As the use of glue enters largely into the construction of all patterns, some instruction as to its selection and the manner of using is necessary. When building up patterns, the connections should in all cases be made by gluing.
Nails should never be used except when they can be so placed as to be entirely removed from all danger of contact with the tools used in turning and shaping the pattern, and when so employed should be used in conjunction with glue. The only advantage in their use is the hastening of the work, because they take the place of hand screws or clamps while the glue is drying. The use of nails, however, is always unsatisfactory, for when the point is passing through the upper piece, small thin slivers are broken from the under surface, which have a tendency to separate the two surfaces instead of exerting the required pressure as when hand screws are used.
For pattern work select only the very best quality of cabinetmakers' glue, or better still, the best quality of white glue. This white glue can always be had in two forms: (1) clear; and (2) opaque. The first is the glue without the addition of any foreign substance. The second looks much whiter than the first, because of the addition of whiting, or other mineral, to the glue. This addition does not in any way lessen the adhesive qualities of the glue; on the other hand, it sets more readily and dries more quickly, but for this very reason it is harder to use on large surfaces, as the first brushing on one part of the work will begin to set before the entire surface can be covered. As this objection does not apply to small or moderate-sized work, however, the opaque white glue is to be preferred in such cases.
Good glue will keep in a dry room of any temperature for an indefinite length of time, but when cooked in the gluepot it deteriorates very rapidly. Each successive reheating and boiling lessens its adhesive qualities, hence it should always be used fresh, or nearly so. A greater quantity of glue than is likely to be used in two or three days should not be cooked at one time.
The cooking and preparing must be done in the regular gluepot, made for the purpose, and sold in all hardware stores. No rule can be given for the relative quantities of glue and water to be used. Some glues, especially the cheaper grades, require much less water than the better and finer qualities. As a general rule, however, pack the glue firmly in the pot and add sufficient cold water to cover it. Fill the outside kettle with cold water and boil until thoroughly cooked, so that it will run smooth and clear from the brush or paddle. It should run freely without returning and gathering in bunches or clots at the end of the paddle, but must not be so thin as to be weak and watery.
If the glue is too thick, no amount of pressure will bring the two glued surfaces in close contact, and if too thin there is danger that the joint will not hold. Always use cold water for cooking and dissolving fresh glue. Hot or boiling water will make the glue stringy and will require a much longer time to cook to an even and smooth consistency. Great care should also be taken to keep the outside kettle, which surrounds the gluepot proper, full of water. If allowed to boil dry the glue in the inner pot will be scorched or burned, and will then be entirely useless. It must then be thrown out, the pot washed or boiled out clean, and fresh glue again cooked. The hot water in the outside kettle should in all cases be used for thinning the glue to the required consistency. Cold water chills the glue and necessitates reheating.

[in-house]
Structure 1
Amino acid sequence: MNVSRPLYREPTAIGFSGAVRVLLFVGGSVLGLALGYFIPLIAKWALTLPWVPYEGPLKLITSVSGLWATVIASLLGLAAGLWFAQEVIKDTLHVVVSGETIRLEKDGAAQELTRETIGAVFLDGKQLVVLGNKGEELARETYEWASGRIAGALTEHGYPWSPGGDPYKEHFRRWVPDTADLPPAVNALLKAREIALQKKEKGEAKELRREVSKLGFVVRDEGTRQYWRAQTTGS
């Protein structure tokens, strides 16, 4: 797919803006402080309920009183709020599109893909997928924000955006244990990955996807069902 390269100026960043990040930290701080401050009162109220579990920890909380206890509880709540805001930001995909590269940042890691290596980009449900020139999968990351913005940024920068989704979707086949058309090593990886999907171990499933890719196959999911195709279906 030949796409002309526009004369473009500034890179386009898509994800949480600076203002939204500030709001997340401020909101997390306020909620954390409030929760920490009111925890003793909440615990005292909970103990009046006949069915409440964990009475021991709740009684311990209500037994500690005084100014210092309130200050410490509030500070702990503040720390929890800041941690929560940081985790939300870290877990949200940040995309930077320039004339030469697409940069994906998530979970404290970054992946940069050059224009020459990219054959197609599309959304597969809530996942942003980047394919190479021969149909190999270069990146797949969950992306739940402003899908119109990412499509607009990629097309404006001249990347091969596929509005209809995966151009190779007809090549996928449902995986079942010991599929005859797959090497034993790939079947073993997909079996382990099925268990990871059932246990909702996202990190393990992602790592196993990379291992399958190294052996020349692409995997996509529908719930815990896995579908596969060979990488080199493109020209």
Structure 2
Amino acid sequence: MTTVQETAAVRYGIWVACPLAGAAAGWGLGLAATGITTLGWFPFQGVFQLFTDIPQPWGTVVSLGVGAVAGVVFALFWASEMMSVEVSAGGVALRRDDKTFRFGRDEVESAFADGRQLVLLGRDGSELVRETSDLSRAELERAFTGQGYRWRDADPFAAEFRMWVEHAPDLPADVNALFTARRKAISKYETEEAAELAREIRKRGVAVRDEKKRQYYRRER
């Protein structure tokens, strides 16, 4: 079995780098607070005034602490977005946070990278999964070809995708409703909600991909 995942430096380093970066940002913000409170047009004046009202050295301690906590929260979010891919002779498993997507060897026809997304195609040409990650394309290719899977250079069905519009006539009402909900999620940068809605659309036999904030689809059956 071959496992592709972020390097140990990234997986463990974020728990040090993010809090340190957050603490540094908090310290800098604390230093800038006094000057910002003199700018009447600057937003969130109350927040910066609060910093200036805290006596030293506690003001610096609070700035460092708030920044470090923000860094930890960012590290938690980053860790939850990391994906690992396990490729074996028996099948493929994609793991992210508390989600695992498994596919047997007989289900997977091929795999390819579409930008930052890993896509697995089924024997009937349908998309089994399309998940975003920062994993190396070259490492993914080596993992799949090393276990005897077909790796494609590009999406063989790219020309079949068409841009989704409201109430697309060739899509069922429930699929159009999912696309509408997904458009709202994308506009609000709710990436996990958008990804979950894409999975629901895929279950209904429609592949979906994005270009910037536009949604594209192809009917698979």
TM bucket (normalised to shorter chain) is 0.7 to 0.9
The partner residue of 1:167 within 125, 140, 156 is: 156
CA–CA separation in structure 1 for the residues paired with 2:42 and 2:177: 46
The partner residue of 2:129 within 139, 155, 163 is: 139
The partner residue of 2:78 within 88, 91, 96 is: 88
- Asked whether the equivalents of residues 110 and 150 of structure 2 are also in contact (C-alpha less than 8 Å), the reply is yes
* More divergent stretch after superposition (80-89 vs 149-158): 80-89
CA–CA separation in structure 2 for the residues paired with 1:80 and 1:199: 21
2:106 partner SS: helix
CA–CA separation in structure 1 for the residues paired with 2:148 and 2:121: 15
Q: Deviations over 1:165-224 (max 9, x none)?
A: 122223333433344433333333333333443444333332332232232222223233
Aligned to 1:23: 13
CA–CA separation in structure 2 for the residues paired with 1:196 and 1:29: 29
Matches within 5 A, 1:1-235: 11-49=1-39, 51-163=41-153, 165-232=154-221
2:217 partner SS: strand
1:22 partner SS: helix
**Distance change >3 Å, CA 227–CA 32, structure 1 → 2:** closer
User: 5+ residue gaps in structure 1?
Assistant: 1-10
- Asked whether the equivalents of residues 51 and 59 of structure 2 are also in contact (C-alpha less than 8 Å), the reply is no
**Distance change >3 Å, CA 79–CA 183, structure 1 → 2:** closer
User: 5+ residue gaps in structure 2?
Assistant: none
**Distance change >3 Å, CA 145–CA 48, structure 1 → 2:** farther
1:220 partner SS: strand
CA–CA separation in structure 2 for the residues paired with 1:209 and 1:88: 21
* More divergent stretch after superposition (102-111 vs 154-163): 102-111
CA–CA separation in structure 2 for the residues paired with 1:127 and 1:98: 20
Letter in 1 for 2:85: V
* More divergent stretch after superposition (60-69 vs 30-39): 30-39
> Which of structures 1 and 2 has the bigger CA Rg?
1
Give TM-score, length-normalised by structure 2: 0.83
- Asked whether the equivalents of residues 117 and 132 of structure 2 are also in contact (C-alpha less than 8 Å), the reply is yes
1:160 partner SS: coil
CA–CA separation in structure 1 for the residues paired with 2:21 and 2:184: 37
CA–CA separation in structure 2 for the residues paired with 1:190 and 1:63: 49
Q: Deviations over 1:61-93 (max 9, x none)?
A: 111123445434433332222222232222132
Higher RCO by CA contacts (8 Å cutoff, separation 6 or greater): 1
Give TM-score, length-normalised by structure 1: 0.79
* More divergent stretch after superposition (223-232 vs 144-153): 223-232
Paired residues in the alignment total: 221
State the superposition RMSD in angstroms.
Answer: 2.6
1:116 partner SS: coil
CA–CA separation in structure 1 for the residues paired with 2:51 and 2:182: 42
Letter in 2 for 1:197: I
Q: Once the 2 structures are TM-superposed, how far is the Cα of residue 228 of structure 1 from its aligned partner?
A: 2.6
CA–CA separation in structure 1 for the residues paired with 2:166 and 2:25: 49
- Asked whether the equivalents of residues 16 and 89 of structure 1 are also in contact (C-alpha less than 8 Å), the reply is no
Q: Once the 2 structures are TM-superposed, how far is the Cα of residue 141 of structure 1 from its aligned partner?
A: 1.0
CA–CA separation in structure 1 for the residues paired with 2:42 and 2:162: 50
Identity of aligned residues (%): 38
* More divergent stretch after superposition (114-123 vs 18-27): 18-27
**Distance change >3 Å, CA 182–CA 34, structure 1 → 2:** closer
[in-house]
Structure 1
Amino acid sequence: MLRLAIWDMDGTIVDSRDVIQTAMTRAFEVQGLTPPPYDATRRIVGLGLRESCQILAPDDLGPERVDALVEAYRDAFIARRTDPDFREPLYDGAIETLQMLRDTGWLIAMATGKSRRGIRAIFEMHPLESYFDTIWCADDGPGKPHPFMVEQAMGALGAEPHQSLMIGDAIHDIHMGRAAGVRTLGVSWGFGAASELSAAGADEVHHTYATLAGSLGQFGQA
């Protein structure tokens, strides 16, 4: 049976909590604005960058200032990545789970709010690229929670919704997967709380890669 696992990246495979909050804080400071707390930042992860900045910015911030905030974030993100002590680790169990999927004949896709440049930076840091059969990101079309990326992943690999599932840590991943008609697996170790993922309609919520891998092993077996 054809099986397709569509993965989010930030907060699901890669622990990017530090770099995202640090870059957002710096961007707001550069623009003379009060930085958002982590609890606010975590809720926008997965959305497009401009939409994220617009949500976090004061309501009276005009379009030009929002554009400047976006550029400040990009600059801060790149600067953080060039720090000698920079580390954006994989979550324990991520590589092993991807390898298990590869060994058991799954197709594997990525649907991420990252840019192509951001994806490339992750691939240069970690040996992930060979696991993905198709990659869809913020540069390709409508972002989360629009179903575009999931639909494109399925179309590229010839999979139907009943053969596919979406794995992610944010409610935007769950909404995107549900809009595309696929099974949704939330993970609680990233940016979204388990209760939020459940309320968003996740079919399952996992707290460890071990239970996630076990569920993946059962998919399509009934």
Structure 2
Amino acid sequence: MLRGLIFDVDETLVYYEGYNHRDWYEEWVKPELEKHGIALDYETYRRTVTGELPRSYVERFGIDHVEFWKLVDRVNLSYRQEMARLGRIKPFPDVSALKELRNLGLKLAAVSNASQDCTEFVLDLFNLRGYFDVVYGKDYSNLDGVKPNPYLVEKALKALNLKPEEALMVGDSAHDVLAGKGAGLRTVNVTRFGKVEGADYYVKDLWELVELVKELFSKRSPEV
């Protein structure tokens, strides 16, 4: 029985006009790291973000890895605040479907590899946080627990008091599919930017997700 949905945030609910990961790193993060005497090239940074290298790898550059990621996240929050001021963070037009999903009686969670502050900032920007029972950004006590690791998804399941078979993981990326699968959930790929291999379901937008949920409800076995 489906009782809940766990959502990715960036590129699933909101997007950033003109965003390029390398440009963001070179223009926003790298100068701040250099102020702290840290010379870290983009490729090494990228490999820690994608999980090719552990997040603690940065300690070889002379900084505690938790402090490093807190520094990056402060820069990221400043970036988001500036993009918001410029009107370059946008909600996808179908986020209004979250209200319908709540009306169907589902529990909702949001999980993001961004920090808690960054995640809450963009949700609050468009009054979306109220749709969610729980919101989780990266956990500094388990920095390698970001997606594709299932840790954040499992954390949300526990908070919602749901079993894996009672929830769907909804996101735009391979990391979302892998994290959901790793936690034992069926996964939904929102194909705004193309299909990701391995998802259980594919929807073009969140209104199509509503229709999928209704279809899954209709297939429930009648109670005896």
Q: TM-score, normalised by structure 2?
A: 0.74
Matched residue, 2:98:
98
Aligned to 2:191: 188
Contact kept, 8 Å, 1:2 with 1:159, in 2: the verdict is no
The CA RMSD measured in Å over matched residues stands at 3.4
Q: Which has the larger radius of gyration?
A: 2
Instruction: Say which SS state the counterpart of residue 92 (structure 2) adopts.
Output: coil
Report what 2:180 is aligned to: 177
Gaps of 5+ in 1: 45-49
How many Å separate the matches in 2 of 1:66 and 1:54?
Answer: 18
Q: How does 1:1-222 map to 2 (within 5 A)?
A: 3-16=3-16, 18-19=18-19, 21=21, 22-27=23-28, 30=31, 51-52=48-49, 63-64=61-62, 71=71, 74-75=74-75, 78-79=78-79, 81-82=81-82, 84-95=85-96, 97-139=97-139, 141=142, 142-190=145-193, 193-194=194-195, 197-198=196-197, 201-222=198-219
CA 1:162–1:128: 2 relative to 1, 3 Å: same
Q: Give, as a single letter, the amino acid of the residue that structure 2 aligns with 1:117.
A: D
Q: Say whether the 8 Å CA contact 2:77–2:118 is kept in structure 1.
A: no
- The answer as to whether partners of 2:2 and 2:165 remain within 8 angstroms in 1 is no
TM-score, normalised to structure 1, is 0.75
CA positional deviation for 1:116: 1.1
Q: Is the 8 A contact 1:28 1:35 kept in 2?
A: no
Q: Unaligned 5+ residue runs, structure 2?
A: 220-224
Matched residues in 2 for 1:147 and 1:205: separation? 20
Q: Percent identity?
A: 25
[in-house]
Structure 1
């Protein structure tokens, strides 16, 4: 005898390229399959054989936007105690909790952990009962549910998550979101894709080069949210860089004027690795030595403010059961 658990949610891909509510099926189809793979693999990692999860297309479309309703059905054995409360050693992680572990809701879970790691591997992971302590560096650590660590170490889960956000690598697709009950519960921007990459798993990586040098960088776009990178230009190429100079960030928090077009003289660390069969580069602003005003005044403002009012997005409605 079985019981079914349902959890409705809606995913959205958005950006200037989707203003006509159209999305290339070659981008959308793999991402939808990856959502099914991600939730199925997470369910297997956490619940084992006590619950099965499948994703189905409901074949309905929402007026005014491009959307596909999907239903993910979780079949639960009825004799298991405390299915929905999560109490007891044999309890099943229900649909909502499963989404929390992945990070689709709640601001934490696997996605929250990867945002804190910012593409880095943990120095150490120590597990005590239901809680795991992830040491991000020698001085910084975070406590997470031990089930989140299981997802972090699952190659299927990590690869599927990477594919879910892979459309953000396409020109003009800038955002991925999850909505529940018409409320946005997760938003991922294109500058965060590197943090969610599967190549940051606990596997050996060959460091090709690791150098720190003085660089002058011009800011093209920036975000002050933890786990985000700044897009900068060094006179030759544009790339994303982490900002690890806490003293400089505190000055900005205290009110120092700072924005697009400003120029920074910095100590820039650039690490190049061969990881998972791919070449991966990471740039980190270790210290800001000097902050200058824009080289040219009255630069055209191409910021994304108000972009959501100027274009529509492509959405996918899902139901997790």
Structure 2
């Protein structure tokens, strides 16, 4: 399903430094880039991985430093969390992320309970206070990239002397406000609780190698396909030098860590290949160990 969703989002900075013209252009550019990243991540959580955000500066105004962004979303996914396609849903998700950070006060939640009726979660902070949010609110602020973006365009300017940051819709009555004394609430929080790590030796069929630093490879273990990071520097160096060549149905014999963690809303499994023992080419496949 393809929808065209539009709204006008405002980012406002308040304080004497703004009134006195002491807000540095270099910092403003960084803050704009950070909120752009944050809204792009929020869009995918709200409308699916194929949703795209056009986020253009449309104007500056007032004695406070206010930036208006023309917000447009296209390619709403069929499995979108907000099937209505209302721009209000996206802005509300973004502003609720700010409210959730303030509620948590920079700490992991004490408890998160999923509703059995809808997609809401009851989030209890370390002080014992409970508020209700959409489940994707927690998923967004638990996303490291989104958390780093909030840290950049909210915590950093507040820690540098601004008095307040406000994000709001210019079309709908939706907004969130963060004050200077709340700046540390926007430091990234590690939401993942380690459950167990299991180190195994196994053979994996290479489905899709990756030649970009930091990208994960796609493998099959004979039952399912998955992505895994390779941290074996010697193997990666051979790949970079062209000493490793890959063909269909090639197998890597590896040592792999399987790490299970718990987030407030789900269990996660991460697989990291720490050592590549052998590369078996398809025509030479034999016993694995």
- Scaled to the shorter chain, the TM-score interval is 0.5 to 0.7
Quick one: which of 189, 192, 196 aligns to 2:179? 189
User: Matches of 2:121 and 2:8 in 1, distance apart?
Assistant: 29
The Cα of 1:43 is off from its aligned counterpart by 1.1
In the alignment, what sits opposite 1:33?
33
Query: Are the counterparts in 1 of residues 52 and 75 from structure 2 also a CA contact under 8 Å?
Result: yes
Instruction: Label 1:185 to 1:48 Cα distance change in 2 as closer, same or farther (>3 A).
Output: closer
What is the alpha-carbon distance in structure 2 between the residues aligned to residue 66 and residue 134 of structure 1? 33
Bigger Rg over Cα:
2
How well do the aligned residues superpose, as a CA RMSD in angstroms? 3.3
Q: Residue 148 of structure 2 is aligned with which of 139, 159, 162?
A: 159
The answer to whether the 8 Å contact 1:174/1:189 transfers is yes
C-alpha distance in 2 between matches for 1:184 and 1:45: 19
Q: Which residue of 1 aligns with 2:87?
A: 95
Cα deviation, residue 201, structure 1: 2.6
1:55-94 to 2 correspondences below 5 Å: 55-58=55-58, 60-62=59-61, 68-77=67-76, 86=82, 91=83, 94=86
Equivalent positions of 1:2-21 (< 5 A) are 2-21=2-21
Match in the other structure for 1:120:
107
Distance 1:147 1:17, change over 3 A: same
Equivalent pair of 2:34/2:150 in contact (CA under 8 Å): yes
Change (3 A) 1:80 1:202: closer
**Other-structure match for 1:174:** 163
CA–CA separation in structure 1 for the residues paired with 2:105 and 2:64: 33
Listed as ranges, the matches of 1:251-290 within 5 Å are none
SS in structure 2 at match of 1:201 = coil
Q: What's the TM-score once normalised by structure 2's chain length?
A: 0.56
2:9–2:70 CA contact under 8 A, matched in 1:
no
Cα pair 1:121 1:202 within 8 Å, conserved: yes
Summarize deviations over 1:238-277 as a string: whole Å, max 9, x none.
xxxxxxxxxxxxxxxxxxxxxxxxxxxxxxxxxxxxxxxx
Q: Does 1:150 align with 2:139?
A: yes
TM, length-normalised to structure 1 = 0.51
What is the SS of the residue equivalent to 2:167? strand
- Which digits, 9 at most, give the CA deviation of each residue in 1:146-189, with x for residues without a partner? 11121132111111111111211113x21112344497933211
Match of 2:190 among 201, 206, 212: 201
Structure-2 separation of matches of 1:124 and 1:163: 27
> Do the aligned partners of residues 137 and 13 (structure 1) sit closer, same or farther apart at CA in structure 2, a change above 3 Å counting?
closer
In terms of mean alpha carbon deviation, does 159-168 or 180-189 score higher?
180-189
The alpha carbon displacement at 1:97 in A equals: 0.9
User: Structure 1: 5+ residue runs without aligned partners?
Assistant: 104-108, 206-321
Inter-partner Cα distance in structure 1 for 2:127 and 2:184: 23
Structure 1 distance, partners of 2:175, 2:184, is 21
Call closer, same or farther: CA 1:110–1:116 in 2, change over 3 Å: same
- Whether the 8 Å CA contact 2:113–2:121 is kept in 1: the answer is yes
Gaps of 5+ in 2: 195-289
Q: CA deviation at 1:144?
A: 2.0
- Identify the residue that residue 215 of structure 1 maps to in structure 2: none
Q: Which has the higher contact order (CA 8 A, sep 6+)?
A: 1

In cold weather the precaution must be taken, unless the room is warm and entirely free from drafts, to heat the pieces of wood before applying the glue, else the latter may be chilled and fail to set. The time required for well-made joints to dry so that the hand screws can be removed is from 4 to 6 hours.
Sometimes a difficulty will arise in the case of large surfaces on thin material. When the glue is applied it moistens and expands the surface upon which it is placed, causing the edges to curl up and pull away from the adjoining piece which has a tendency to move in the opposite direction. In such cases never moisten the back of the thin pieces with water from the outside kettle, as is sometimes directed, but, working quickly, spread the glue rapidly, and then place between two thick stiff pieces of board, previously dressed true, prepared and heated for the purpose. Use as many hand screws as can be conveniently placed on the work, and allow it to remain in these clamps until all moisture from the glue is absorbed by the two outside heated boards. Twenty-four, or better 48, hours should be given to this process, if possible.
All such gluing of thin pieces should in every case be done first and allowed to dry while the other parts of the pattern are being constructed. Under no circumstances use water on any surface of seasoned wood. The reseasoning or drying out of such water will invariably distort, curl, and warp the pieces so treated, after being glued together. Even the water contained in the glue is objectionable, while unavoidable, and can be most satisfactorily removed only as directed above.
In all cases where end wood is to be glued, or where the grain of the wood runs diagonally to the plane of the joint so as to present the open end wood pores for the glue, this end wood, or partially end wood joints, should be first sized with thin glue - glue about half the thickness of that used for gluing - and allowed to dry. This will raise the grain and roughen the surface of the joint, which, when dry, must be lightly and carefully scraped off with a sharp chisel, when it will be found that the open pores of the wood are filled with dried glue. The joint may now be glued, and the glue will hold as in ordinary jointing.